The Swedish-Geatish wars refer to semi-legendary 6th century battles between Swedes and Geats that are described in the Anglo-Saxon epic Beowulf. Little has survived of such battles in the Norse sagas, and later 11th century-13th century wars between Swedes and Geats, notably involving the Geatish clans House of Stenkil and House of Sverker, are referred to as Swedish civil wars.
The first war in Beowulf
The Anglo-Saxon epic relates that the Swedes did not keep the peace when the Geatish king Hreðel had died, because the Swedish king Ongenþeow's sons (i.e. Ohthere and Onela) had grown up and were eager to fight.
The Geats under their new king Hæþcyn captured the Swedish queen, but old king Ongenþeow saved her, at a hill fort called Hrefnesholt, although they lost her gold. Ongenþeow killed Hæþcyn, and besieged the Geats at Hrefnesholt. The Geats were, however, rescued by Hygelac, Hæþcyn's brother, who arrived the next day with reinforcements. Having lost the battle, but rescued his queen, Ongenþeow and his warriors returned home:
However, the war was not over. Hygelac, the new king of the Geats, attacked the Swedes:
The Geatish warriors Eofor and Wulf Wonreding fought together against the hoary king Ongenþeow. Wulf hit Ongenþeow's head with his sword so that the old king bled over his hair, but the king hit back and wounded Wulf. Then, Eofor retaliated by cutting through the Swedish king's shield and through his helmet, giving Ongenþeow a death-blow. Eofor took the Swedish king's helmet, sword and breastplate and carried them to Hygelac. When they came home, Eofor and Wulf were richly awarded, and Eofor was given Hygelac's daughter. Because of this battle, Hygelac is referred to as Ongenþeow's slayer.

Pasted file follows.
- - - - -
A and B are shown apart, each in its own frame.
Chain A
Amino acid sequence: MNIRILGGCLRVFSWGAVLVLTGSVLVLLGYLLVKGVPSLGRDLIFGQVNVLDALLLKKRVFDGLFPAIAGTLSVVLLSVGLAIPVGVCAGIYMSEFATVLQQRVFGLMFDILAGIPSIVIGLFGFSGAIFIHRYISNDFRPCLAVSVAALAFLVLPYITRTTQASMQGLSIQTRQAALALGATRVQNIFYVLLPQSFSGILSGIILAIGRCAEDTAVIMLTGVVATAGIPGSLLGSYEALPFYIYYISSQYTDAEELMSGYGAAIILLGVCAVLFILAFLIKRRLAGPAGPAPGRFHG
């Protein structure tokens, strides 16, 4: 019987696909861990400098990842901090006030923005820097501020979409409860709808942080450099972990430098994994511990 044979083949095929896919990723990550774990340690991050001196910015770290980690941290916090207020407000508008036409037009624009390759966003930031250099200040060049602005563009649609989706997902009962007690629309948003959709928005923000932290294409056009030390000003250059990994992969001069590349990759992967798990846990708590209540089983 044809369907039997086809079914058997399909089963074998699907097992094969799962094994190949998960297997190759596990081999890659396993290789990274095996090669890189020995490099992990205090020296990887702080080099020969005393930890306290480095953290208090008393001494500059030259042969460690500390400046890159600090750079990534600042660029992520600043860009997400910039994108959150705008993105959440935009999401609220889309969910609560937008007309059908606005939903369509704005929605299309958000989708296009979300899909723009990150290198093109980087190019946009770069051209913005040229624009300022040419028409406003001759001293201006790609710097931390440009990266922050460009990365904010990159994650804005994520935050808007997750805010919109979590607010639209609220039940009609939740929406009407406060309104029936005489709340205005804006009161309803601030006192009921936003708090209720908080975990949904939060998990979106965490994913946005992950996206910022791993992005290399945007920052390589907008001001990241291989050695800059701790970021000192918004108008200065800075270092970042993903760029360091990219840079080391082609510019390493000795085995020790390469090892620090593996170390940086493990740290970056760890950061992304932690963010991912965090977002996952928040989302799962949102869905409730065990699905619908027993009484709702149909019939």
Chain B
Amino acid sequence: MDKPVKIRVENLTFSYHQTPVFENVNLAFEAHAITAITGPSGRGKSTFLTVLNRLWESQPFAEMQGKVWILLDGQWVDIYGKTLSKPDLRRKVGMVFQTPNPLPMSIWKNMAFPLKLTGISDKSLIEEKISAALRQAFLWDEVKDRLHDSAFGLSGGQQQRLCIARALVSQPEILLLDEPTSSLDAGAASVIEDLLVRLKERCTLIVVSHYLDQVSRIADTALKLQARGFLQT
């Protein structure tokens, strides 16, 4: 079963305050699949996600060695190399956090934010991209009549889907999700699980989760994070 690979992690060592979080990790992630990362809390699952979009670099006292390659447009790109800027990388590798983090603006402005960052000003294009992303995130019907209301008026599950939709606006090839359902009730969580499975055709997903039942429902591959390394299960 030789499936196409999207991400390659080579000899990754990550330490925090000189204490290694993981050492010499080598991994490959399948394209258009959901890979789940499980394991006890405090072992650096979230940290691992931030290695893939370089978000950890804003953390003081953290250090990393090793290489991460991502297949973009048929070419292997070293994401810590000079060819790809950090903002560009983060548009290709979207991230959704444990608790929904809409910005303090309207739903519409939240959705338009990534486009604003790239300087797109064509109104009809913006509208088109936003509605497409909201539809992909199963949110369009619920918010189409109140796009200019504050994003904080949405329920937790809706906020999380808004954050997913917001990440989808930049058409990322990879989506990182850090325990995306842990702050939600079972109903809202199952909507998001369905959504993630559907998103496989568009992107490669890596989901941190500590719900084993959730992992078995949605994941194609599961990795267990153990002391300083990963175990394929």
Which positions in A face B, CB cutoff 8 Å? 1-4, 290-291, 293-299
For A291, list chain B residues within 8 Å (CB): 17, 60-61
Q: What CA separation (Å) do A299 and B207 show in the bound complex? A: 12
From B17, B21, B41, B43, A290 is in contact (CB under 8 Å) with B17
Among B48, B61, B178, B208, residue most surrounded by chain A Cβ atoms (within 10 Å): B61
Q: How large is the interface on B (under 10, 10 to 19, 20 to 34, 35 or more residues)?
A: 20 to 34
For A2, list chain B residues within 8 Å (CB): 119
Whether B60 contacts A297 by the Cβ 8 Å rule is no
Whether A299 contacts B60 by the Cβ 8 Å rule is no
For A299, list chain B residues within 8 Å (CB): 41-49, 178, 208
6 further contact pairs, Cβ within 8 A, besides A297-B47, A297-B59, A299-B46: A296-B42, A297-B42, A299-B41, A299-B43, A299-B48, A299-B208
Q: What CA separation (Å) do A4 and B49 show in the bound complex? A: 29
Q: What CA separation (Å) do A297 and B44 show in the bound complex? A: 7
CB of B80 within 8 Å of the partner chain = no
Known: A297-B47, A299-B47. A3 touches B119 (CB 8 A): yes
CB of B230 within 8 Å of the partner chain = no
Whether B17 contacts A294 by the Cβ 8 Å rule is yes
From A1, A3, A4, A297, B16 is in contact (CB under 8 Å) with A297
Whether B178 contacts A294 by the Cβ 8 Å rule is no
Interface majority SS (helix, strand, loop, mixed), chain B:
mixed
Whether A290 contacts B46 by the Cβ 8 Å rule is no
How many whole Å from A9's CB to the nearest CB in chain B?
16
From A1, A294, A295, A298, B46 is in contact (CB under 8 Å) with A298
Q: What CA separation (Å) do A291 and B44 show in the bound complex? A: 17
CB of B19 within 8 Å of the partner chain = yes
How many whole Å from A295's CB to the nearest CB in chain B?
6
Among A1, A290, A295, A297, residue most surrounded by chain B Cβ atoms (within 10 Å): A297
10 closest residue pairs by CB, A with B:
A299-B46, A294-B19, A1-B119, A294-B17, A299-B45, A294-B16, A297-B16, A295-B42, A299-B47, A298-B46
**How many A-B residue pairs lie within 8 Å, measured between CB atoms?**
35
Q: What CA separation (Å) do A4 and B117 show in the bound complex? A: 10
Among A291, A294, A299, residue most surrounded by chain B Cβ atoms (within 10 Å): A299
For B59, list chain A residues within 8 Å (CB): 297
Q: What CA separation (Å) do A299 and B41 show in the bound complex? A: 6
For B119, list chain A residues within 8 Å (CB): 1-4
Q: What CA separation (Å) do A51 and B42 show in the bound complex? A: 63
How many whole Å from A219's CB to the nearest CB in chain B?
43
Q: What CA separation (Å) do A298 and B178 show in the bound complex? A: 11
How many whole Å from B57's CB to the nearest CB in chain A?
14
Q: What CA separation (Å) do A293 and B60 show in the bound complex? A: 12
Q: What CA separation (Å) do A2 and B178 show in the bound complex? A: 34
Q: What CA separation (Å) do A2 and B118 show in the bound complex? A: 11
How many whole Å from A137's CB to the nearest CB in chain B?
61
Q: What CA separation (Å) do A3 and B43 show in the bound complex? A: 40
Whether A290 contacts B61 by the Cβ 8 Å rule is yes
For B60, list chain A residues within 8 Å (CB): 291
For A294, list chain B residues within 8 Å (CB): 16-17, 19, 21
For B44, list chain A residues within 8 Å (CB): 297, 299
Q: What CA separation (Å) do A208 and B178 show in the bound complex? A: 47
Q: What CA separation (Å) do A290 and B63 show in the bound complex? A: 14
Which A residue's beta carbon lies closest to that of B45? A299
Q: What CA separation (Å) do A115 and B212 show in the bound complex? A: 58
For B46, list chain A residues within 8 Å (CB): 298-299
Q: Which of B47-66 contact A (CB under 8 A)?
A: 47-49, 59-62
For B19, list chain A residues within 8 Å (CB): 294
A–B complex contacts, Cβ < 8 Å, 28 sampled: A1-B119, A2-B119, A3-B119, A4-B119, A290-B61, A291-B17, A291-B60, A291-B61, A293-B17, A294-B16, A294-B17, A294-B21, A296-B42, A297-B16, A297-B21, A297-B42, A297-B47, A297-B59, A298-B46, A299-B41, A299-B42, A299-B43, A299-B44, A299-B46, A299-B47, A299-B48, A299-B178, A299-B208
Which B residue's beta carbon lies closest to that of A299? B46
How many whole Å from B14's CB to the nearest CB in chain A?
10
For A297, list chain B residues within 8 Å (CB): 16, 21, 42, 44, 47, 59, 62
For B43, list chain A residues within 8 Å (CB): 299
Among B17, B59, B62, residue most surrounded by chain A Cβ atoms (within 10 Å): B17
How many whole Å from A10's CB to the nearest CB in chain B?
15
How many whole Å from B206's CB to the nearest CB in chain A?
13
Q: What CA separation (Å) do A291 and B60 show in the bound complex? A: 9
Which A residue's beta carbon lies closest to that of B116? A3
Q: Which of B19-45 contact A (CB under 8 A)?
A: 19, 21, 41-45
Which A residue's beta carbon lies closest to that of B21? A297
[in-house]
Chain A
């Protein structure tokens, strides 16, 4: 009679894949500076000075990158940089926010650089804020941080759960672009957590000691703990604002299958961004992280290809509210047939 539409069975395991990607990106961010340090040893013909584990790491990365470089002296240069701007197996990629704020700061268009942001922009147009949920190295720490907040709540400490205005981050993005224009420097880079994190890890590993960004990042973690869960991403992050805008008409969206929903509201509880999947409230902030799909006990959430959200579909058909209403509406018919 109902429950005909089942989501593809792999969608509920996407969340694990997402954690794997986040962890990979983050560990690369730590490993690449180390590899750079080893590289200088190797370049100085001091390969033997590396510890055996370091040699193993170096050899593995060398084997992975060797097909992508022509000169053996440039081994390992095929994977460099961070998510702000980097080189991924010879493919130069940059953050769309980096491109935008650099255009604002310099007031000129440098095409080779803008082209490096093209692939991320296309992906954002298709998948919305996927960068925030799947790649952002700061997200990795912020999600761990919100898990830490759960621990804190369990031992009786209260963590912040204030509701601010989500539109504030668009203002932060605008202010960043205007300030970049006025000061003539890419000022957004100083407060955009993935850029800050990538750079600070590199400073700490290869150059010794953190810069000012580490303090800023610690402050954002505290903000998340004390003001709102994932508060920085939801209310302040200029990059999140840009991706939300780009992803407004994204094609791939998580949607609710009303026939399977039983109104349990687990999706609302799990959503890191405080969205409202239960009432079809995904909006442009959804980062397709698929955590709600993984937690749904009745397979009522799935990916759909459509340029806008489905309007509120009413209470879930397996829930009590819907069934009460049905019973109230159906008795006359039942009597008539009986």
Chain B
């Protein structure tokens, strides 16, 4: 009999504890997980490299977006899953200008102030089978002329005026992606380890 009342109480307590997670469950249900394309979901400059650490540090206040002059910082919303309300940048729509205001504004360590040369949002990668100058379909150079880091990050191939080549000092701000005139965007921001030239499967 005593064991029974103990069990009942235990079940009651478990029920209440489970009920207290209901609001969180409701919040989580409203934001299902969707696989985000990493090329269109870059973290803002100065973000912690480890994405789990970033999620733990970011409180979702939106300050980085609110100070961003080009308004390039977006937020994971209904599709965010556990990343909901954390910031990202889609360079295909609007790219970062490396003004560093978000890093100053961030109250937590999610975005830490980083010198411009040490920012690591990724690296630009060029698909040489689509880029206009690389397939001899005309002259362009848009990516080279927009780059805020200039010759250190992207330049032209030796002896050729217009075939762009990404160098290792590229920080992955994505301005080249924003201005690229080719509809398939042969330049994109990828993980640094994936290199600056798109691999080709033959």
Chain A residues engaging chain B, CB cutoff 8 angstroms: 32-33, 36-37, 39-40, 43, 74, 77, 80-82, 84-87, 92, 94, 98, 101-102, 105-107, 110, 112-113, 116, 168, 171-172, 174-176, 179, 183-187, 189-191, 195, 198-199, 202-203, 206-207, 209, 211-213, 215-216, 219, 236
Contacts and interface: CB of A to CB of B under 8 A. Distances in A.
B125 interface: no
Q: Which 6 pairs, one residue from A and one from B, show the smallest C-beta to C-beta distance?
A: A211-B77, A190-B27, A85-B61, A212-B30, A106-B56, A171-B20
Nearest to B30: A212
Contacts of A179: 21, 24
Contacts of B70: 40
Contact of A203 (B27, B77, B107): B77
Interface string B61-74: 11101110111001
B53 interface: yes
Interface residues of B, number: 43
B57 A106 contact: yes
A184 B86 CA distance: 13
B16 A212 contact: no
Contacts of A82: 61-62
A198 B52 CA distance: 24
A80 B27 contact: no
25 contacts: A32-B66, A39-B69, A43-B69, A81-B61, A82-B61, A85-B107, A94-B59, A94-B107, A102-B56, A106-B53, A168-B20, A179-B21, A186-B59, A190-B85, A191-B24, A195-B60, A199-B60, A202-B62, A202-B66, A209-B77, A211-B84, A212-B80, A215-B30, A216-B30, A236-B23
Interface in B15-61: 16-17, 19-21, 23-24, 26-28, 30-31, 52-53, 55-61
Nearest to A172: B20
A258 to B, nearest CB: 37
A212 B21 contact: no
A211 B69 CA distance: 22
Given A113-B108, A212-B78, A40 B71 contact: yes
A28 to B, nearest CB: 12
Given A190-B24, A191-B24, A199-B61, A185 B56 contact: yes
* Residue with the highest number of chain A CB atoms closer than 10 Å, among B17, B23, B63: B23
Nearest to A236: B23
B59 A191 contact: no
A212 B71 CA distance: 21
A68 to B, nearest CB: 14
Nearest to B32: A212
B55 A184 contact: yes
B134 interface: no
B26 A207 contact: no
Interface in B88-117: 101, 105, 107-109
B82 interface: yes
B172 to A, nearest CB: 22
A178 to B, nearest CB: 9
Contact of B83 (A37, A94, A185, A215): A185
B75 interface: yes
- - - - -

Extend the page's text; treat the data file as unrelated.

The second war in Beowulf
In Sweden, both Ongenþeow and Ohthere were apparently dead as Onela was king, and Ohthere's two sons, Eanmund and Eadgils, sought refuge with Heardred, Hygelac's successor as king of the Geats. This caused Onela to attack the Geats. During the battle, Eanmund was killed by Onela's champion Weohstan and Heardred was killed as well. Onela returned home and Beowulf became king of the Geats.
Eadgils, however, survived and later, Beowulf helped him avenge Eanmund by slaying Onela, an event which also appears in Scandinavian sources, as the Battle on the Ice of Lake Vänern (although no Geatish involvement is remembered or mentioned).
The foreboding of a third war in Beowulf
As Wiglaf sat beside the dead king Beowulf, he spoke of a new war with the Swedes that would surely come:
According to a Scandinavian legend written down in the 13th century, in the Ynglinga saga, a 7th-century Geatish king named Algaut was invited to his son-in-law, the Swedish king Ingjald, at Uppsala. During the night, he was burned to death together with a number of other invited kings. Ingjald then extended his rule to include the Geatish heartland in Västergötland, whereas the East Geats in Östergötland preserved their independence. The Geats and the other Scandinavians were later united by Ivar Vidfamne.